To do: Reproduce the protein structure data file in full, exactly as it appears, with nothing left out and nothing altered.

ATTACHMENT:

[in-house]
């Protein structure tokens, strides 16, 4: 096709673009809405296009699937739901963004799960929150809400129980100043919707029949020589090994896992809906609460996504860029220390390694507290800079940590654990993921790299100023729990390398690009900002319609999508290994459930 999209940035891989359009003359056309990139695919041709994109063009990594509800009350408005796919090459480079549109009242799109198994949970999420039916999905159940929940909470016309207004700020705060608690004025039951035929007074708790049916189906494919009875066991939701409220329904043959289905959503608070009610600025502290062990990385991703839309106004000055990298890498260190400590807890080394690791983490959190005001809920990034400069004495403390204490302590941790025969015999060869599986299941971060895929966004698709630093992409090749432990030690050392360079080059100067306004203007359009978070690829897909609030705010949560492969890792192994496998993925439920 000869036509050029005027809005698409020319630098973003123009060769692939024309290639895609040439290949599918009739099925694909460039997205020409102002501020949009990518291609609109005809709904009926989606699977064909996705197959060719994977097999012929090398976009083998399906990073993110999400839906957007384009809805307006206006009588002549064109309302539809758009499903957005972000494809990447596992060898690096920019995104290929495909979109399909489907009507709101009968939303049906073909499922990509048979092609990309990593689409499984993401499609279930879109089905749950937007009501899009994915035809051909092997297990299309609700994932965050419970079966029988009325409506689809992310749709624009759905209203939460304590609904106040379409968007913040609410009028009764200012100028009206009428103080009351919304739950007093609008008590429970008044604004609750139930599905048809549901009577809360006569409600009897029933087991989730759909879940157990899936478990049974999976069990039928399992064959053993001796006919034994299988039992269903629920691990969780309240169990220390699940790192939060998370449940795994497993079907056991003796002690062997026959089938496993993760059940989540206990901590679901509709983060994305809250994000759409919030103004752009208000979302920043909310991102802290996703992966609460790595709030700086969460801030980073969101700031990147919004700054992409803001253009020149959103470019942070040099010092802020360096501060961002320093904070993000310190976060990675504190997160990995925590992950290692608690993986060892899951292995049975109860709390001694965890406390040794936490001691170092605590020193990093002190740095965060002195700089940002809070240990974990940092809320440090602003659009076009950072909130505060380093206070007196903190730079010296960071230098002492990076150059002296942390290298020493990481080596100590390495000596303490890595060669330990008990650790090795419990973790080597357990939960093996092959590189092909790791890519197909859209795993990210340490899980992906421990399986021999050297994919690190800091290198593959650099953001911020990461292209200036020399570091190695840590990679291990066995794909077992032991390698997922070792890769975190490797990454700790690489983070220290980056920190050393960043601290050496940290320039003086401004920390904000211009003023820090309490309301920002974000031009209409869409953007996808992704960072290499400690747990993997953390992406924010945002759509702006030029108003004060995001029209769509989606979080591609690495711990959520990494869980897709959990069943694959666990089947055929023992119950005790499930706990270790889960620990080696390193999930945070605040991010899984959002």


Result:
[in-house]
């Protein structure tokens, strides 16, 4: 096709673009809405296009699937739901963004799960929150809400129980100043919707029949020589090994896992809906609460996504860029220390390694507290800079940590654990993921790299100023729990390398690009900002319609999508290994459930 999209940035891989359009003359056309990139695919041709994109063009990594509800009350408005796919090459480079549109009242799109198994949970999420039916999905159940929940909470016309207004700020705060608690004025039951035929007074708790049916189906494919009875066991939701409220329904043959289905959503608070009610600025502290062990990385991703839309106004000055990298890498260190400590807890080394690791983490959190005001809920990034400069004495403390204490302590941790025969015999060869599986299941971060895929966004698709630093992409090749432990030690050392360079080059100067306004203007359009978070690829897909609030705010949560492969890792192994496998993925439920 000869036509050029005027809005698409020319630098973003123009060769692939024309290639895609040439290949599918009739099925694909460039997205020409102002501020949009990518291609609109005809709904009926989606699977064909996705197959060719994977097999012929090398976009083998399906990073993110999400839906957007384009809805307006206006009588002549064109309302539809758009499903957005972000494809990447596992060898690096920019995104290929495909979109399909489907009507709101009968939303049906073909499922990509048979092609990309990593689409499984993401499609279930879109089905749950937007009501899009994915035809051909092997297990299309609700994932965050419970079966029988009325409506689809992310749709624009759905209203939460304590609904106040379409968007913040609410009028009764200012100028009206009428103080009351919304739950007093609008008590429970008044604004609750139930599905048809549901009577809360006569409600009897029933087991989730759909879940157990899936478990049974999976069990039928399992064959053993001796006919034994299988039992269903629920691990969780309240169990220390699940790192939060998370449940795994497993079907056991003796002690062997026959089938496993993760059940989540206990901590679901509709983060994305809250994000759409919030103004752009208000979302920043909310991102802290996703992966609460790595709030700086969460801030980073969101700031990147919004700054992409803001253009020149959103470019942070040099010092802020360096501060961002320093904070993000310190976060990675504190997160990995925590992950290692608690993986060892899951292995049975109860709390001694965890406390040794936490001691170092605590020193990093002190740095965060002195700089940002809070240990974990940092809320440090602003659009076009950072909130505060380093206070007196903190730079010296960071230098002492990076150059002296942390290298020493990481080596100590390495000596303490890595060669330990008990650790090795419990973790080597357990939960093996092959590189092909790791890519197909859209795993990210340490899980992906421990399986021999050297994919690190800091290198593959650099953001911020990461292209200036020399570091190695840590990679291990066995794909077992032991390698997922070792890769975190490797990454700790690489983070220290980056920190050393960043601290050496940290320039003086401004920390904000211009003023820090309490309301920002974000031009209409869409953007996808992704960072290499400690747990993997953390992406924010945002759509702006030029108003004060995001029209769509989606979080591609690495711990959520990494869980897709959990069943694959666990089947055929023992119950005790499930706990270790889960620990080696390193999930945070605040991010899984959002």